In their introduction, Joshua R. Sanes and his Harvard University colleagues explain that "The cellular basis of age-related behavioral decline remains obscure but alterations in synapses are likely candidates. Accordingly, the beneficial effects on neural function of caloric restriction and exercise, which are among the most effective anti-aging treatments known, might also be mediated by synapses."
Synapses are the connections that exist between nerve cells or nerves and the muscles that they control. The current research compared a synapse known as the skeletal neuromuscular junction in young adult and aged mice. In young, healthy neuromuscular synapses, nerve endings match up with their receptors on muscle fibers, enabling efficient transmission of brain signals to the muscle. However, in aged synapses, nerve shrinkage can reduce contact with muscle receptors, leading to sarcopenia, or muscle wasting.
Dr Sanes' team found a variety of age-related differences between the synapses of the young and old mice, which were significant by 18 months of age and severe at 24 months. However, animals fed a calorie-restricted diet initiated at 16 weeks of age had significant reductions in these age-associated changes. Additionally, one month of exercise performed by 22 month old mice partially reversed changes that had already occurred. The authors remark that although studies have found an association between life-style improvements and behavioral performance, to their knowledge there has been no previous evidence documented for the reversal of age-related structural alterations that could account for this.
"With calorie restriction, we saw reversal of all aspects of the synapse disassembly," noted Dr Sanes, who is a professor of molecular and cellular biology and director of the Center for Brain Science at Harvard. "With exercise, we saw a reversal of most, but not all."
"Caloric restriction and exercise have numerous, dramatic effects on our mental acuity and motor ability," he stated. "This research gives us a hint that the way these extremely powerful lifestyle factors act is by attenuating or reversing the decline in our synapses."
"These findings in neuromuscular synapses make us curious to know whether similar effects might occur in brain synapses," he added.
Exercise has been proven to improve the quality of life in people disabled by diabetes, muscular dystrophy, stroke, multiple sclerosis, myasthenia gravis, and chronic obstructive pulmonary disease (Stout JR et al 2001; Rochester CL 2003). Regular exercise can improve blood glucose control, delay or prevent type 2 diabetes, offset age-associated increases in inflammatory cytokines, and reduce cardiovascular risk, diabetes-related mortality, and depression (Goldney RD et al 2004; Vitartaite A et al 2004; Babyak M et al 2000; Suh MR et al 2002; Church TS et al 2004; Short KR et al 2003; American Diabetes Association 2003; McFarlin BK et al 2004).
As humans age, our muscles atrophy and weaken (a condition termed sarcopenia), regardless of exercise regimen or lifestyle (Bross R et al 1999). The muscles become smaller and less elastic, and muscle injuries become more common (Bross R et al 1999; Baumgartner RN et al 1998). The ability to recover from injuries also decreases, as does tolerance for exercise.
Our senior years are a good time to exercise. Exercise by older people improves quality of life. Sarcopenia, even in severe cases, can be reversed through strength training (Aniansson A et al 1981; Frontera WR et al 1992). Exercise has also been shown to control body weight (very important in preventing diabetes, cardiovascular disease, and hypertension) and strengthen bones. It is important for older people to engage in regular, low to moderate exercise rather than strenuous activity (Martini FH 1995).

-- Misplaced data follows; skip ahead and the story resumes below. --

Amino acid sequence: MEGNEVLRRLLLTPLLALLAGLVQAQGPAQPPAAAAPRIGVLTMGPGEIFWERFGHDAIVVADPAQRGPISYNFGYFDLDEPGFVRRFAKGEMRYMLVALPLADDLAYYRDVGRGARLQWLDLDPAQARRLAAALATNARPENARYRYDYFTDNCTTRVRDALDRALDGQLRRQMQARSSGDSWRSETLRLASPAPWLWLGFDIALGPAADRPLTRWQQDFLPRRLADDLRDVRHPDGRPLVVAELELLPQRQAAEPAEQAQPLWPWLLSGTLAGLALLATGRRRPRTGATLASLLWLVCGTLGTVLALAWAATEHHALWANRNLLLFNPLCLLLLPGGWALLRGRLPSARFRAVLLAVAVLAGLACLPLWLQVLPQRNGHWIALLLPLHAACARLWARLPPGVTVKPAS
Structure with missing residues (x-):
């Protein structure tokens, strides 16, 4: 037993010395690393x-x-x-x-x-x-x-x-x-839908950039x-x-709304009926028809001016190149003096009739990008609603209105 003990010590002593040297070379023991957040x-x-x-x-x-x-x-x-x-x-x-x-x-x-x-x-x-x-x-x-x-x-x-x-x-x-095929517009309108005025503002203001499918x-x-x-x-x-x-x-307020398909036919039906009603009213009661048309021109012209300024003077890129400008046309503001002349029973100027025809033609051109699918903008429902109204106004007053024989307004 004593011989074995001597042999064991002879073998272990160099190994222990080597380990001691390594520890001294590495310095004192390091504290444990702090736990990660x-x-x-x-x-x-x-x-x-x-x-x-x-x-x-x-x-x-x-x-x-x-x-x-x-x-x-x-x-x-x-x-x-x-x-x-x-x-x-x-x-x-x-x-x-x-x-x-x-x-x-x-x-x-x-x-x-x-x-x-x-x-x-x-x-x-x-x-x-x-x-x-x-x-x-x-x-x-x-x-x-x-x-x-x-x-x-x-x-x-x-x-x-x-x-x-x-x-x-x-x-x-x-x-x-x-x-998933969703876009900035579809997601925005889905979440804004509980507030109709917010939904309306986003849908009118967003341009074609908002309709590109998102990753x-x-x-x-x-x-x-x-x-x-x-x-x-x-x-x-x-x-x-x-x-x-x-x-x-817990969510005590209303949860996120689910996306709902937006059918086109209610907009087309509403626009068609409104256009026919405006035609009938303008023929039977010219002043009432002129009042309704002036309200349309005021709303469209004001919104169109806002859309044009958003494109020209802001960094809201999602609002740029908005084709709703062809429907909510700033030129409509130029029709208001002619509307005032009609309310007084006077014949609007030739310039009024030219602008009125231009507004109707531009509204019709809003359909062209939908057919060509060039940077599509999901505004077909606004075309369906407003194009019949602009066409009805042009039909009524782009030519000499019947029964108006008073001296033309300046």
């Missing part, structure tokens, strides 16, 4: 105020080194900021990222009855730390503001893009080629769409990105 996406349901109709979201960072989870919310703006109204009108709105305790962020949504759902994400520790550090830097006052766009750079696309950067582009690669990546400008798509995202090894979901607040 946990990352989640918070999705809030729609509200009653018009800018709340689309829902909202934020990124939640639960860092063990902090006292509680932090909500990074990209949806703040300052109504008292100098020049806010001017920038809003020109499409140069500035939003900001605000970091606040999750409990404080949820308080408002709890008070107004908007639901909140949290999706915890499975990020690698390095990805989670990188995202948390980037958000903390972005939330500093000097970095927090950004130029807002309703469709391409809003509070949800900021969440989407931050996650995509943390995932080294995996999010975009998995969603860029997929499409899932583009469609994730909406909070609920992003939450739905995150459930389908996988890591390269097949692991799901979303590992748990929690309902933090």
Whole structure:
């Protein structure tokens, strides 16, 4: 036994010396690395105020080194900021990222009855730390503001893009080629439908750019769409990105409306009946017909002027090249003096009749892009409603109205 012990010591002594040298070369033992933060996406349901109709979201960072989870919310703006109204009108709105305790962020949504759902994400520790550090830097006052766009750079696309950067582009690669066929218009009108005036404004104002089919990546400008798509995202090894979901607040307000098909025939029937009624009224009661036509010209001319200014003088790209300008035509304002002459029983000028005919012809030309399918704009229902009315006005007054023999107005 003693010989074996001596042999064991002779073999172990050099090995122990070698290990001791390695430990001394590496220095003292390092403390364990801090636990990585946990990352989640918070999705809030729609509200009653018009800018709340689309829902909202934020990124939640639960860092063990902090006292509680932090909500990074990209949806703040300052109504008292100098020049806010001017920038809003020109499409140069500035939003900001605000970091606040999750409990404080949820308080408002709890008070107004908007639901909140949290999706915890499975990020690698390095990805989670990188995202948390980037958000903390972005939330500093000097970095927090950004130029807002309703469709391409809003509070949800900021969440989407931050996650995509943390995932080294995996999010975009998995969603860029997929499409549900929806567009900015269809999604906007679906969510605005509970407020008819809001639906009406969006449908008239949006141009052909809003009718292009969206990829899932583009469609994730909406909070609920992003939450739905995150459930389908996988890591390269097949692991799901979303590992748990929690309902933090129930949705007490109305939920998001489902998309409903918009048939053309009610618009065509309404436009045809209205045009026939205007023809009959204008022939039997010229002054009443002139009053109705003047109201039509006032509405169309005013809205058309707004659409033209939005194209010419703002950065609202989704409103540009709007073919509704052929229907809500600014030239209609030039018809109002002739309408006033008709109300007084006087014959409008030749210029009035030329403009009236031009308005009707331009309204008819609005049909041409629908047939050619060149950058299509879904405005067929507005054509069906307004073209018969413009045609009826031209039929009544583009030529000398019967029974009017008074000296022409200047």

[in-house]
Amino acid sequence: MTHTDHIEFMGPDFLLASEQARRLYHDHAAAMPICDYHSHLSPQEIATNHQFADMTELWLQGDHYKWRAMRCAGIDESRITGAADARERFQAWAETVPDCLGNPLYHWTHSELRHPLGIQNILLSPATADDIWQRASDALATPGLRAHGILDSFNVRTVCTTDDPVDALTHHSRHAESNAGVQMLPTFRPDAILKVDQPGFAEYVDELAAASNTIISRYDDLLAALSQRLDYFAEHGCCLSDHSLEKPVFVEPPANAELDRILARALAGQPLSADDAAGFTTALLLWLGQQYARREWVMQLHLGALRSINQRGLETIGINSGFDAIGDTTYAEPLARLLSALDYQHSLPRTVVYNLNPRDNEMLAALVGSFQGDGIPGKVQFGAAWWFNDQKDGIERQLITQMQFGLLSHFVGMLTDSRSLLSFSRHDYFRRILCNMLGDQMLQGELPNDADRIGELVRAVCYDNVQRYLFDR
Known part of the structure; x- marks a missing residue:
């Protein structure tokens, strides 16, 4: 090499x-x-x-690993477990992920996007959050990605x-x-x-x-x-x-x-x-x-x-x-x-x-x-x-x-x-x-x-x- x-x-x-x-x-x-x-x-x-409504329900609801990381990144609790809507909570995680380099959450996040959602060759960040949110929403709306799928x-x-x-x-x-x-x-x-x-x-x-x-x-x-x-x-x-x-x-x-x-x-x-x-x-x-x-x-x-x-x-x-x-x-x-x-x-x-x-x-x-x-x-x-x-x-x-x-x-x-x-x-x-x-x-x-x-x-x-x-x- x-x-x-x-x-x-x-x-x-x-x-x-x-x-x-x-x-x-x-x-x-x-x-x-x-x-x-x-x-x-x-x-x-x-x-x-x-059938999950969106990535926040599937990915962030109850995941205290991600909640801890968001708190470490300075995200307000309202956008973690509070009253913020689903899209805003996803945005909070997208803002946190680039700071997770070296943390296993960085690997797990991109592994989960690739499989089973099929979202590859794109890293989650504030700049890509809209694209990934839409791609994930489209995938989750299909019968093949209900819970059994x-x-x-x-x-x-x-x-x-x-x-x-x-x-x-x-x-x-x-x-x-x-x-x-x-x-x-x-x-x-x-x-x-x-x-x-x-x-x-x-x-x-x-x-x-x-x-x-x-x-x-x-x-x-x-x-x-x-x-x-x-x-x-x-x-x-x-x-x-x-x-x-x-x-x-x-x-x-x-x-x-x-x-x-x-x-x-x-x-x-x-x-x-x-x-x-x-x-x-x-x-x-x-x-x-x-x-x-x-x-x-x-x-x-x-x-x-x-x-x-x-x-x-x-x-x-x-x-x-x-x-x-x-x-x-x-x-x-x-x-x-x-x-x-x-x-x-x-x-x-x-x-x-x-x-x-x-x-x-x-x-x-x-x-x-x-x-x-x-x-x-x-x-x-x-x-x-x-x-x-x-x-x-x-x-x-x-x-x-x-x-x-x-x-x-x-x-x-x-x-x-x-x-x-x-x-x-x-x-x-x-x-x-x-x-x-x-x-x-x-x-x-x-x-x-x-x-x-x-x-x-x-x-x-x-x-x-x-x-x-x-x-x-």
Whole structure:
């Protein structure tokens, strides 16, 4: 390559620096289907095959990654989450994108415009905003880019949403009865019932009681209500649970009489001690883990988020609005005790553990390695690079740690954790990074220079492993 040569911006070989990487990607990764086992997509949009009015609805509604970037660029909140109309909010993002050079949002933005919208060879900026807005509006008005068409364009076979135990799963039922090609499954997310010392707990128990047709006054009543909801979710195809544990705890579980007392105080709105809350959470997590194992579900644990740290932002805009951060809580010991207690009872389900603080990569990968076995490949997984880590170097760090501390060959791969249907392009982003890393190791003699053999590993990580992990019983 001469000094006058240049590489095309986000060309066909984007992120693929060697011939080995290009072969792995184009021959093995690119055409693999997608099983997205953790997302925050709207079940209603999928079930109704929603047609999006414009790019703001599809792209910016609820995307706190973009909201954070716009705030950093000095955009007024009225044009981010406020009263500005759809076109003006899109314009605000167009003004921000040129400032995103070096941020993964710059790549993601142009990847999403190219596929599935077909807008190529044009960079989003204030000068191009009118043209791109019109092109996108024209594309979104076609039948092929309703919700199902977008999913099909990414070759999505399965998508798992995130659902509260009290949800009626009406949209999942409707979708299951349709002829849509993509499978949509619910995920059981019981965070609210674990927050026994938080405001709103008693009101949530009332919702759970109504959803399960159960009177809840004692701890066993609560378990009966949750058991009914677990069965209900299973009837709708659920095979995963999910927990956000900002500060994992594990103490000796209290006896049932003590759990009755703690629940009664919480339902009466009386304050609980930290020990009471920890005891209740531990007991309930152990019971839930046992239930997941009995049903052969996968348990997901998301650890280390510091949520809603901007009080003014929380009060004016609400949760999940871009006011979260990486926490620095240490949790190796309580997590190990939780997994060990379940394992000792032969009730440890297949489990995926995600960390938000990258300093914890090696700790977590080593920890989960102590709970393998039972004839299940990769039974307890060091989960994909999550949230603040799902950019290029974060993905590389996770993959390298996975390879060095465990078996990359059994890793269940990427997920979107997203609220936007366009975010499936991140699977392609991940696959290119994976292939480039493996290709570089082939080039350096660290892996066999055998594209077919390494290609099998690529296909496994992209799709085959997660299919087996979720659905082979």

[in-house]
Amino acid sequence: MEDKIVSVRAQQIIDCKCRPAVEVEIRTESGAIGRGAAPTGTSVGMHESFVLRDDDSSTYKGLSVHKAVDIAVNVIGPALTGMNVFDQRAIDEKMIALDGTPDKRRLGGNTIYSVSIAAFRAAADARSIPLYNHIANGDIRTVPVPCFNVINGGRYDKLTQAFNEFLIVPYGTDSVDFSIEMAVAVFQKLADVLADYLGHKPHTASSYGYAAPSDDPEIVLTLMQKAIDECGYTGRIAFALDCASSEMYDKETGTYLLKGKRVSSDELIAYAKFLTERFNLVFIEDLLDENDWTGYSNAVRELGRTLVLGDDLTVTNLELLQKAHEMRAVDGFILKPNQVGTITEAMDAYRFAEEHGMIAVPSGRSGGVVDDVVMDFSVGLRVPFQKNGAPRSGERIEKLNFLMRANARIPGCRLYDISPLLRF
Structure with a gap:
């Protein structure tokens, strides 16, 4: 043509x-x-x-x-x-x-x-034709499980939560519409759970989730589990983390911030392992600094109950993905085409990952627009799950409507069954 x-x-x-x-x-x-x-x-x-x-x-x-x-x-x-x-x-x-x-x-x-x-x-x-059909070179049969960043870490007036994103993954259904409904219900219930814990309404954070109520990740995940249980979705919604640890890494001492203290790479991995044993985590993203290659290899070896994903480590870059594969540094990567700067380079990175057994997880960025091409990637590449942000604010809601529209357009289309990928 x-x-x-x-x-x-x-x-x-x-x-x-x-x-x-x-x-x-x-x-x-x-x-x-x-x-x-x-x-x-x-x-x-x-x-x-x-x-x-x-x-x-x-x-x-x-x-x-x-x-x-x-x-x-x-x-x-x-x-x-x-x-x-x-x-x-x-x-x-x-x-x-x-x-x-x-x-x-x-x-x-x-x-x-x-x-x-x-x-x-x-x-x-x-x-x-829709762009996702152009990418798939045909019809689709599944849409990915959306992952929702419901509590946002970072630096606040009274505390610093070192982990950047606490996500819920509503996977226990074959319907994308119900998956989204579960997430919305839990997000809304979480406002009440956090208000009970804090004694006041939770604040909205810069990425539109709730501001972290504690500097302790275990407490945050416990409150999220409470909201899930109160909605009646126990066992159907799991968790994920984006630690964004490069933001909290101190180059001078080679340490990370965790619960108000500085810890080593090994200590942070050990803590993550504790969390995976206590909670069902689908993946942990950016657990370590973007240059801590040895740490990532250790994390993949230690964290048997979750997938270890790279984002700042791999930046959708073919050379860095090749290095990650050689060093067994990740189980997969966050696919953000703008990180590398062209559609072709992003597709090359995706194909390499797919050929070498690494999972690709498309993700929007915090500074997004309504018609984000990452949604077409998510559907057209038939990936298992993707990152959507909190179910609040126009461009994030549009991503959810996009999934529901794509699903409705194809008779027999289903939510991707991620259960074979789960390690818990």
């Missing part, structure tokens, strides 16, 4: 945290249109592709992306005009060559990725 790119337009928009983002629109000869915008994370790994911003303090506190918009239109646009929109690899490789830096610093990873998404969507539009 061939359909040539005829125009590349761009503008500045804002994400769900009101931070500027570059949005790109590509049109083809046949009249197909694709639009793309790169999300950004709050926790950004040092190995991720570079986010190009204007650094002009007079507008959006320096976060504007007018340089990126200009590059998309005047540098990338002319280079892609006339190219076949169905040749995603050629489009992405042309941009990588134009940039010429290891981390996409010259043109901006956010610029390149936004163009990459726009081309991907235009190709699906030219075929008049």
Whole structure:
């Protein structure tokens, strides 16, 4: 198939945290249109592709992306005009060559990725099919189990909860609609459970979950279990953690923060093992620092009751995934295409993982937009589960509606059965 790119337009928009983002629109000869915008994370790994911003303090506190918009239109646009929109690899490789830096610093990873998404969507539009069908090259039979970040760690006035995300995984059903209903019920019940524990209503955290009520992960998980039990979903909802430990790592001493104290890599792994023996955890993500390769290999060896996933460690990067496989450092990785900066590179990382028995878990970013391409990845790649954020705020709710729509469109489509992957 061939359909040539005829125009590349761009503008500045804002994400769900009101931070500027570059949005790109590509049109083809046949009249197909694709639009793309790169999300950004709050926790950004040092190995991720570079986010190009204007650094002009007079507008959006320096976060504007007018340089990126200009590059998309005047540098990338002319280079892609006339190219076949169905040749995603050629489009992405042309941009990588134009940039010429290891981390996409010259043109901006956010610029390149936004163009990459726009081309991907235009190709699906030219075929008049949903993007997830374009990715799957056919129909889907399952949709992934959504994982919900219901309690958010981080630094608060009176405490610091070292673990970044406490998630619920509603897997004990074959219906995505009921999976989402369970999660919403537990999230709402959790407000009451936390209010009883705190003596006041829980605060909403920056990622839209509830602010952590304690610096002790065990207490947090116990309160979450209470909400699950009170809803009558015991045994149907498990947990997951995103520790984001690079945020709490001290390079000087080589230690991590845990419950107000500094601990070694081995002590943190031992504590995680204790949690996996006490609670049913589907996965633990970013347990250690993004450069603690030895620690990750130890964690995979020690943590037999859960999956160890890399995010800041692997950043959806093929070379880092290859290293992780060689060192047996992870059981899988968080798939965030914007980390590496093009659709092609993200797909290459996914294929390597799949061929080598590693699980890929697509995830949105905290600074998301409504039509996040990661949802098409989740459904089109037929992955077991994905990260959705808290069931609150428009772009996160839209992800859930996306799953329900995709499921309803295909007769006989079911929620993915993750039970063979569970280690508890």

There are many benefits to a program of regular exercise. In addition to enhanced self-esteem, exercise can promote weight loss and aid in the prevention of a number of diseases, including heart disease and diabetes. In addition, the following nutrients have been shown to enhance muscle function, promote quicker recovery after exercise, and increase strength:
Carnitine—1000 to 2000 milligrams (mg) daily
Carnosine—1500 to 3000 mg daily
Branched-chain amino acids—containing at least 1200 mg L-leucine, 600 mg L-isoleucine, and 600 mg L-valine
Glutamine—500 to 1000 mg daily
Whey protein—consider taking 20 to 80 grams (g) whey protein daily. It is most important to consume whey protein before and immediately after your exercise session to make sure adequate protein is available to depleted muscles.
Polyenylphosphatidylcholine (PPC)—900 to 1800 mg
In addition, bioidentical hormone therapy may be considered to balance levels of important sex hormones, including testosterone.
DHA is a major structural fat in the retina of the eye, accounting for up to 50% of the total fatty acids. Because DHA is so prevalent in eye tissue, many researchers suspect that it plays an important role in visual development during infancy and childhood. DHA is also being studied for its possible impact on adult eye health.
Life Extension’s DHA softgels complement Life Extension’s Super Omega-3 fish oil softgels to provide options for those who desire a higher DHA:EPA ratio and to provide additional support for brain health, eye health, mood, and developmental needs. Life Extension’s DHA exceeds current Council for Responsible Nutrition proposed pharmaceutical-grade standards. The small-sized DHA softgel caps are more desirable for some people.
Studies indicate that excess fibrinogen is a strong predictor of mortality. It has been suggested that plasma fibrinogen levels are closely and independently associated with the risk of silent cerebrovascular events.
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